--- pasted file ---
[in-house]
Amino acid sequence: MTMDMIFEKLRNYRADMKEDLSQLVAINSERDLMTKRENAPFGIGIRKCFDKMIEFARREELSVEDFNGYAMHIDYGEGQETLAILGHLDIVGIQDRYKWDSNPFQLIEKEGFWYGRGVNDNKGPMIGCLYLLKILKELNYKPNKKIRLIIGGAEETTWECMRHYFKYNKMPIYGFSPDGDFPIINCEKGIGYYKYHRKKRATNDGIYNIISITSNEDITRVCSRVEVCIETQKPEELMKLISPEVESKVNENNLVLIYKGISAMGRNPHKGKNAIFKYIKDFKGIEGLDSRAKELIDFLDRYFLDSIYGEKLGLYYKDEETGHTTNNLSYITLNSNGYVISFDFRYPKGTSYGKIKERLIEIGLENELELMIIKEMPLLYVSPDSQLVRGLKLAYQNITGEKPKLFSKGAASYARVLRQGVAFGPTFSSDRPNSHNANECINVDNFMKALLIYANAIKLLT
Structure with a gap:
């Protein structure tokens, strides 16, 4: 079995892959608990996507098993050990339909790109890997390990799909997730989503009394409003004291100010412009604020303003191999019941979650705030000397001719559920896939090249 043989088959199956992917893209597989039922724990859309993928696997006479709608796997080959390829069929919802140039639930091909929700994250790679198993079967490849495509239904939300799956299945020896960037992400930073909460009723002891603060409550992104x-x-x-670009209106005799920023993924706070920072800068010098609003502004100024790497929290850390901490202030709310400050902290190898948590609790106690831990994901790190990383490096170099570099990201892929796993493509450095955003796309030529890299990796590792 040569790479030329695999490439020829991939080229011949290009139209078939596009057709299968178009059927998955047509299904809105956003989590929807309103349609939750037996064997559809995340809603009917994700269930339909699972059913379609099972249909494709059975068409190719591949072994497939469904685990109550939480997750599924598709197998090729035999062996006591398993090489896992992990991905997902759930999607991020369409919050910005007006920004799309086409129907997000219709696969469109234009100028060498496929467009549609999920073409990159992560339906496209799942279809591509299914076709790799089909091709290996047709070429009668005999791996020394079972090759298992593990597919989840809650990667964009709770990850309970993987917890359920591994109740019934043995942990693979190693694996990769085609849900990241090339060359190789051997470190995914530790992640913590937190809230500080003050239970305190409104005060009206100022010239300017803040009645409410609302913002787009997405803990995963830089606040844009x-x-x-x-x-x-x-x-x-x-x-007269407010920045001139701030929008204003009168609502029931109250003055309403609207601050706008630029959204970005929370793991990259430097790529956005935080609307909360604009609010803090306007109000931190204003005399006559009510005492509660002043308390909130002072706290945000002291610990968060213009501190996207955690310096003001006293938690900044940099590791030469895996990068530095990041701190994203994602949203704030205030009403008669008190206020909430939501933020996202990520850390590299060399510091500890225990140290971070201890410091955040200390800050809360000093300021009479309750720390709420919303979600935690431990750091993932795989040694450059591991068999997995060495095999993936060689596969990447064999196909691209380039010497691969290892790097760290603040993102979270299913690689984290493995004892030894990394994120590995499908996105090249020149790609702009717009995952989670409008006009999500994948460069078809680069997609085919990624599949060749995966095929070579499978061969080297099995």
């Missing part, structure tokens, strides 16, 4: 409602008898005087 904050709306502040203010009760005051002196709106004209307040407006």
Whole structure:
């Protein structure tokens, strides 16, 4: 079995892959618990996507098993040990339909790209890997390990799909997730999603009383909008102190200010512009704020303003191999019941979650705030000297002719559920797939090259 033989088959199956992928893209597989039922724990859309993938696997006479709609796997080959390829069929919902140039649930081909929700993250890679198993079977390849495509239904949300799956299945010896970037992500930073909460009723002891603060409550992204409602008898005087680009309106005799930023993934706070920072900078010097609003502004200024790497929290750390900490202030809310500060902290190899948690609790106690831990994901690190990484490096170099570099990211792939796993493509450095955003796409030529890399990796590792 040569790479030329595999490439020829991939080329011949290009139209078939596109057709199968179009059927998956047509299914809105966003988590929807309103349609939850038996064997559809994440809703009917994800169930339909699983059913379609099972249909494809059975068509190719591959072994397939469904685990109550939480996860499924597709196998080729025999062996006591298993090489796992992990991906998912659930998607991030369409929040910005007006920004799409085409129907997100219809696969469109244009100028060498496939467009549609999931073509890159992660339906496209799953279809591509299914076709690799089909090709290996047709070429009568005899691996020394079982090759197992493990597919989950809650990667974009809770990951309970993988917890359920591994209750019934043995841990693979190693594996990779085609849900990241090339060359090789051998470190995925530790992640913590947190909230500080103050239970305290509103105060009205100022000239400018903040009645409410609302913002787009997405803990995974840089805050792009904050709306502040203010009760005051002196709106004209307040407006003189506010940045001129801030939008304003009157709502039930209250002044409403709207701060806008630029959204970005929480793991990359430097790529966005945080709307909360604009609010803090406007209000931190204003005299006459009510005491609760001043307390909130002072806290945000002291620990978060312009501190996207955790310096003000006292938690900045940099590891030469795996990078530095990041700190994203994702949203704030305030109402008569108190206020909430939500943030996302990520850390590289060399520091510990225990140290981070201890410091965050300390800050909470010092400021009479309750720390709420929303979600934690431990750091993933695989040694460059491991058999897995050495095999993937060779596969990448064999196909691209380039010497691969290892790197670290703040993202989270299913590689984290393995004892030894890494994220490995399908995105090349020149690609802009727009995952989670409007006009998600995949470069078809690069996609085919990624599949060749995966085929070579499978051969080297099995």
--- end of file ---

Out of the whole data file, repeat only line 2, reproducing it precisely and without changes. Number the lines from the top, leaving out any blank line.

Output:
Amino acid sequence: MTMDMIFEKLRNYRADMKEDLSQLVAINSERDLMTKRENAPFGIGIRKCFDKMIEFARREELSVEDFNGYAMHIDYGEGQETLAILGHLDIVGIQDRYKWDSNPFQLIEKEGFWYGRGVNDNKGPMIGCLYLLKILKELNYKPNKKIRLIIGGAEETTWECMRHYFKYNKMPIYGFSPDGDFPIINCEKGIGYYKYHRKKRATNDGIYNIISITSNEDITRVCSRVEVCIETQKPEELMKLISPEVESKVNENNLVLIYKGISAMGRNPHKGKNAIFKYIKDFKGIEGLDSRAKELIDFLDRYFLDSIYGEKLGLYYKDEETGHTTNNLSYITLNSNGYVISFDFRYPKGTSYGKIKERLIEIGLENELELMIIKEMPLLYVSPDSQLVRGLKLAYQNITGEKPKLFSKGAASYARVLRQGVAFGPTFSSDRPNSHNANECINVDNFMKALLIYANAIKLLT